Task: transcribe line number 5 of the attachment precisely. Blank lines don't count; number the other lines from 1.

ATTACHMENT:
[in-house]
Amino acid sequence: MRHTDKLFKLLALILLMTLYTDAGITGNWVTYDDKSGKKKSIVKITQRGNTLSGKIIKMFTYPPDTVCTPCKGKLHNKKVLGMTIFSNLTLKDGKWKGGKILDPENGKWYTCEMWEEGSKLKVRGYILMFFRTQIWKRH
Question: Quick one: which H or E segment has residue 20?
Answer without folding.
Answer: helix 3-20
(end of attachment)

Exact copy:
Answer: helix 3-20